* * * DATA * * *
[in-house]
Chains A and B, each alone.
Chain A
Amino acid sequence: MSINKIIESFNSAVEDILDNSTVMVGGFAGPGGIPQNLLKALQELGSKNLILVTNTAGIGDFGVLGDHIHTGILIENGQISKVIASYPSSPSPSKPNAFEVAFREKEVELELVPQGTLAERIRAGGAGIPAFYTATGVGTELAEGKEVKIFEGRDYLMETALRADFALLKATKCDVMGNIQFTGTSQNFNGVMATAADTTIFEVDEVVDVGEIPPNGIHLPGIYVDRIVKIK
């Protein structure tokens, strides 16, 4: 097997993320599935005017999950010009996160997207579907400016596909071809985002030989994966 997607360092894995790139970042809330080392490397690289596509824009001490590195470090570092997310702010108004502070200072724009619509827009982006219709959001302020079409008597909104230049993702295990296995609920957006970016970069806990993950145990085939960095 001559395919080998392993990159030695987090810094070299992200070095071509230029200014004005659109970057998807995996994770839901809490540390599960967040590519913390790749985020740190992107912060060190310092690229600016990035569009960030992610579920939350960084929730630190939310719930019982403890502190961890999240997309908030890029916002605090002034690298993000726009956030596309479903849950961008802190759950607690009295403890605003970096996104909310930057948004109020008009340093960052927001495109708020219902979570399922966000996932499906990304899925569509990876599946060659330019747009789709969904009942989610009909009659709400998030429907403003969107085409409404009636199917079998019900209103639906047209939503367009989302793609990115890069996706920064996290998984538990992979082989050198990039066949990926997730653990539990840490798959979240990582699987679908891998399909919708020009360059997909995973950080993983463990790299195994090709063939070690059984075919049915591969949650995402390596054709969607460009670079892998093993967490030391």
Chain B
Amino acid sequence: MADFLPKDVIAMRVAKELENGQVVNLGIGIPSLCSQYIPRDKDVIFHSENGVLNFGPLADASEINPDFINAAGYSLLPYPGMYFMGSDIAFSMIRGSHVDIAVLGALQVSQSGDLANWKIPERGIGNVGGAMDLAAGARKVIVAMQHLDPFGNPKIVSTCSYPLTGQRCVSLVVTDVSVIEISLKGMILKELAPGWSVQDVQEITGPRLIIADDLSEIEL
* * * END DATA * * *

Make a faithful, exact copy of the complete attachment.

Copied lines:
[in-house]
Chains A and B, each alone.
Chain A
Amino acid sequence: MSINKIIESFNSAVEDILDNSTVMVGGFAGPGGIPQNLLKALQELGSKNLILVTNTAGIGDFGVLGDHIHTGILIENGQISKVIASYPSSPSPSKPNAFEVAFREKEVELELVPQGTLAERIRAGGAGIPAFYTATGVGTELAEGKEVKIFEGRDYLMETALRADFALLKATKCDVMGNIQFTGTSQNFNGVMATAADTTIFEVDEVVDVGEIPPNGIHLPGIYVDRIVKIK
């Protein structure tokens, strides 16, 4: 097997993320599935005017999950010009996160997207579907400016596909071809985002030989994966 997607360092894995790139970042809330080392490397690289596509824009001490590195470090570092997310702010108004502070200072724009619509827009982006219709959001302020079409008597909104230049993702295990296995609920957006970016970069806990993950145990085939960095 001559395919080998392993990159030695987090810094070299992200070095071509230029200014004005659109970057998807995996994770839901809490540390599960967040590519913390790749985020740190992107912060060190310092690229600016990035569009960030992610579920939350960084929730630190939310719930019982403890502190961890999240997309908030890029916002605090002034690298993000726009956030596309479903849950961008802190759950607690009295403890605003970096996104909310930057948004109020008009340093960052927001495109708020219902979570399922966000996932499906990304899925569509990876599946060659330019747009789709969904009942989610009909009659709400998030429907403003969107085409409404009636199917079998019900209103639906047209939503367009989302793609990115890069996706920064996290998984538990992979082989050198990039066949990926997730653990539990840490798959979240990582699987679908891998399909919708020009360059997909995973950080993983463990790299195994090709063939070690059984075919049915591969949650995402390596054709969607460009670079892998093993967490030391």
Chain B
Amino acid sequence: MADFLPKDVIAMRVAKELENGQVVNLGIGIPSLCSQYIPRDKDVIFHSENGVLNFGPLADASEINPDFINAAGYSLLPYPGMYFMGSDIAFSMIRGSHVDIAVLGALQVSQSGDLANWKIPERGIGNVGGAMDLAAGARKVIVAMQHLDPFGNPKIVSTCSYPLTGQRCVSLVVTDVSVIEISLKGMILKELAPGWSVQDVQEITGPRLIIADDLSEIEL